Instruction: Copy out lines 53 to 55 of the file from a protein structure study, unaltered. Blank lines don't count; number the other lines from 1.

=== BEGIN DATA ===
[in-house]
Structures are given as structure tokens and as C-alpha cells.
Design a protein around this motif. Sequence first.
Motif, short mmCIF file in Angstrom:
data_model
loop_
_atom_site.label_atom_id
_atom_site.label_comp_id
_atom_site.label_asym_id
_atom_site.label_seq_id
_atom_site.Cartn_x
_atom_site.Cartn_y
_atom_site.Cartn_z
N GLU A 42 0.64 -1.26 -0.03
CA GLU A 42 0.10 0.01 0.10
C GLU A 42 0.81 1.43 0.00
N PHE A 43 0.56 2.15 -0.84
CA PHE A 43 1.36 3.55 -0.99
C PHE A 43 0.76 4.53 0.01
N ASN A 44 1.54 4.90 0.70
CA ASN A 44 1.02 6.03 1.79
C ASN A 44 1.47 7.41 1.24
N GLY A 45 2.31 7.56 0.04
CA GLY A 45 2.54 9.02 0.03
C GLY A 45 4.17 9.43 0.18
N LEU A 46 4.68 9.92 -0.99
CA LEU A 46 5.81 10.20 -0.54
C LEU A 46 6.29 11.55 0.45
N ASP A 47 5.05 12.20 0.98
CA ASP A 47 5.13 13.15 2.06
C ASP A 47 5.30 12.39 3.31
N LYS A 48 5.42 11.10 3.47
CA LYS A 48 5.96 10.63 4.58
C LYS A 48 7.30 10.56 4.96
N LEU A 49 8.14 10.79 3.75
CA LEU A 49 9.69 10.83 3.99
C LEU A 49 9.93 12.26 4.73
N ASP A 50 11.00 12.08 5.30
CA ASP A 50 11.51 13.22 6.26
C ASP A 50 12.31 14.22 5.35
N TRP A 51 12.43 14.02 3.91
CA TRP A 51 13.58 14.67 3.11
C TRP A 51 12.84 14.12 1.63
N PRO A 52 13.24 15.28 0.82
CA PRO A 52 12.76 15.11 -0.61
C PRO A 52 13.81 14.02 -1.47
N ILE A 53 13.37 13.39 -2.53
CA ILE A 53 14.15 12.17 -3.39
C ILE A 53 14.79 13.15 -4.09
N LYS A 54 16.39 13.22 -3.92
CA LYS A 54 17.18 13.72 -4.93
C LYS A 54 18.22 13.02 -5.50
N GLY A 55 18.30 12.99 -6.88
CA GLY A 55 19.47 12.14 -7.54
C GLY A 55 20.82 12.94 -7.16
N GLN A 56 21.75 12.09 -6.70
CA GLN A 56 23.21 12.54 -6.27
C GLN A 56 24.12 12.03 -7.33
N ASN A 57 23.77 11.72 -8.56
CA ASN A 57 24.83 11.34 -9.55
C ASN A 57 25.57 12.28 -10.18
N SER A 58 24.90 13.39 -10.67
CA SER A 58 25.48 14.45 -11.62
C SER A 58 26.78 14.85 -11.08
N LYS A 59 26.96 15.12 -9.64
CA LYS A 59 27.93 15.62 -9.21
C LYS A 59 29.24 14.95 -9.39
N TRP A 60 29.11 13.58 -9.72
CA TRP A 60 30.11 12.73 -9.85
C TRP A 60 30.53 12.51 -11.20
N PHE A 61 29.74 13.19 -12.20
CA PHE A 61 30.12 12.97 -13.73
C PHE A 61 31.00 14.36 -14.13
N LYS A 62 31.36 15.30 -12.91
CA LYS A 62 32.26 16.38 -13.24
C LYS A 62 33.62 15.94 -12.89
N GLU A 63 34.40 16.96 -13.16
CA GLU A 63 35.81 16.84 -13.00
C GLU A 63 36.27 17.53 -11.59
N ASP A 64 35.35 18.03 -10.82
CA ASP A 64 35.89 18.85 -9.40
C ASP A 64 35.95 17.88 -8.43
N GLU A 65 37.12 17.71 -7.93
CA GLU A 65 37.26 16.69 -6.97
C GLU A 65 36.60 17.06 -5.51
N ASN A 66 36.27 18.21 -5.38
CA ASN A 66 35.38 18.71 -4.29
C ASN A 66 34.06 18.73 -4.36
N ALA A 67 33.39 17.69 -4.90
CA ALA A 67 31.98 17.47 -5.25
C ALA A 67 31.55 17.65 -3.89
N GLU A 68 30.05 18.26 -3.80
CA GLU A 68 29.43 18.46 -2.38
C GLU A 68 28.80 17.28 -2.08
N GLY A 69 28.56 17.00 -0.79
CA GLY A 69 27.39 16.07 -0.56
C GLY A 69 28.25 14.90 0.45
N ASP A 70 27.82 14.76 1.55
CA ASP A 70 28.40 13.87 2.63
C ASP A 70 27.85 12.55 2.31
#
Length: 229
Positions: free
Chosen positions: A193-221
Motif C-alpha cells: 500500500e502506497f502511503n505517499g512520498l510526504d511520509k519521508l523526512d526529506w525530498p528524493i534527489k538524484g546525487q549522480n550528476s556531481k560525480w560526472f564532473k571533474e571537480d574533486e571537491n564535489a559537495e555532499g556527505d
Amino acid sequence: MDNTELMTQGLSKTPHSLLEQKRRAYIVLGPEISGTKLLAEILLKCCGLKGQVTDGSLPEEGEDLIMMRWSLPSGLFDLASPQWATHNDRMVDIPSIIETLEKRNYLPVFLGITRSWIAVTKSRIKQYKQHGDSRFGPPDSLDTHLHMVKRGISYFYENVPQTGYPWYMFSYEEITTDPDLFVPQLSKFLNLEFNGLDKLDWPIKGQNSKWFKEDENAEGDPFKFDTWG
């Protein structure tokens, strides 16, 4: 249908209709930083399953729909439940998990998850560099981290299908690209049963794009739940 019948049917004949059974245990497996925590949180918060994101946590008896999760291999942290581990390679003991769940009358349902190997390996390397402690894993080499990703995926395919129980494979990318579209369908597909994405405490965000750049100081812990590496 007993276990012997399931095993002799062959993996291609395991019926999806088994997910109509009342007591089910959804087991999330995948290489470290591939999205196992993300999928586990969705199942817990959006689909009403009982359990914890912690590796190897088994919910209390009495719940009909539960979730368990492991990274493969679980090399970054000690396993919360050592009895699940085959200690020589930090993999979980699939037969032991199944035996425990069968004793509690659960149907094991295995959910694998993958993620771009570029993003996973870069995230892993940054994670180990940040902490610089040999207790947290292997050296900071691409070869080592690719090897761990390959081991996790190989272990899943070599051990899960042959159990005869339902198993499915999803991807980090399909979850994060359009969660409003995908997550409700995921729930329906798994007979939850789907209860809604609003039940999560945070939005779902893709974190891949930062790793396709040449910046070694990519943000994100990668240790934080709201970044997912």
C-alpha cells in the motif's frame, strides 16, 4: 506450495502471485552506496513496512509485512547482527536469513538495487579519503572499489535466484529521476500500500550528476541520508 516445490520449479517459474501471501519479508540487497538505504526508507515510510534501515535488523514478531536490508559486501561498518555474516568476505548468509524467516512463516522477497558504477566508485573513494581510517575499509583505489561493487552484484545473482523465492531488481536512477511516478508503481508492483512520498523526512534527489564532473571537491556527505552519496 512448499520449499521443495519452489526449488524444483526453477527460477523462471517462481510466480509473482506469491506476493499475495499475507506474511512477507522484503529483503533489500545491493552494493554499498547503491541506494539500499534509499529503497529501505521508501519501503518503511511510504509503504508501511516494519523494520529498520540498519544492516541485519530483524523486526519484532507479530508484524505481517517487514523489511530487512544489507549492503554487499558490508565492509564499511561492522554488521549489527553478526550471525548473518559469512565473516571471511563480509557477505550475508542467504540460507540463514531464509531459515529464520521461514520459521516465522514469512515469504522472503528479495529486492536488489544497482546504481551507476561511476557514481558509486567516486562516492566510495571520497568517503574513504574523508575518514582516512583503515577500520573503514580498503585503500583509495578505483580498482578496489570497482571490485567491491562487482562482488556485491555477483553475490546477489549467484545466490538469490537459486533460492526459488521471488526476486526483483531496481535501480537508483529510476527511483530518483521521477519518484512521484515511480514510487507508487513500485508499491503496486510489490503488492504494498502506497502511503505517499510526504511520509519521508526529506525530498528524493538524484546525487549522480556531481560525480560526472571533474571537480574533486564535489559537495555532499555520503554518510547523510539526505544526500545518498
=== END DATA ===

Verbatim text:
N GLY A 55 18.30 12.99 -6.88
CA GLY A 55 19.47 12.14 -7.54
C GLY A 55 20.82 12.94 -7.16